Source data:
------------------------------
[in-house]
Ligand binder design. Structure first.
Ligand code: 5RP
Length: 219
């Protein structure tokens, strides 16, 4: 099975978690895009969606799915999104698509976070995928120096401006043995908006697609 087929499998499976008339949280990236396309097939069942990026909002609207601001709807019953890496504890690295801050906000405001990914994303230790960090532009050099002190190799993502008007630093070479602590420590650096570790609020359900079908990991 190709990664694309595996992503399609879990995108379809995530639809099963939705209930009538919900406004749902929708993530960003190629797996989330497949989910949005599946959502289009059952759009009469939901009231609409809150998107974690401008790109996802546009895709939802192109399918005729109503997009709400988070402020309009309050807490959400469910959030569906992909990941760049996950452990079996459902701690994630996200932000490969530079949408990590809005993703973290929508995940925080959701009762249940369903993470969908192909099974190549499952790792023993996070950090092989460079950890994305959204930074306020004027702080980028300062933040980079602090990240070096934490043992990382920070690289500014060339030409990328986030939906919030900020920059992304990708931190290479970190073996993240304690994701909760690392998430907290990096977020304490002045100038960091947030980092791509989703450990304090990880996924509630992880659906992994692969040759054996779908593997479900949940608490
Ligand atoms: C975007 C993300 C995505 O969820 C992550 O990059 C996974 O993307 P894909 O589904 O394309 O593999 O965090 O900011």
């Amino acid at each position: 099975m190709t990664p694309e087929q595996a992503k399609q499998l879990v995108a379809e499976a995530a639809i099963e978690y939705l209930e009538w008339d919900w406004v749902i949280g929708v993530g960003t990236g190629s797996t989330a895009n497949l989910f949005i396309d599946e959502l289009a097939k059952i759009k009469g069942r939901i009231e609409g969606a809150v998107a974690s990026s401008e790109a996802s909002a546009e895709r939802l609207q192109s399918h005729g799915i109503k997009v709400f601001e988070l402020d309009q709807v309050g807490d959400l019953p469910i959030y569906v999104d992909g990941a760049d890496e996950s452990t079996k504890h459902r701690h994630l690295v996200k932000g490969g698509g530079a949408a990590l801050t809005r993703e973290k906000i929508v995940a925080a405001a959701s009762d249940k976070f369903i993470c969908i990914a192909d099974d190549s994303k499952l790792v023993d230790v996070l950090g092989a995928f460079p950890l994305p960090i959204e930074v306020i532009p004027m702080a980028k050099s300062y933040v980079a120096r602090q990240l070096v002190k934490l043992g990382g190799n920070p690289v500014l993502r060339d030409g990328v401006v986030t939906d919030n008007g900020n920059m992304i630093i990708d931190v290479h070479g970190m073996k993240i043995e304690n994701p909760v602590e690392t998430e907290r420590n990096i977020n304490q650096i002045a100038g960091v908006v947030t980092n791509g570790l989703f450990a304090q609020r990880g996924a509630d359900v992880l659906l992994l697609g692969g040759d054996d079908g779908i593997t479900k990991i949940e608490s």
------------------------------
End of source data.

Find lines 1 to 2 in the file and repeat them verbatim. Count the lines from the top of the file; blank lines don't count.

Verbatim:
[in-house]
Ligand binder design. Structure first.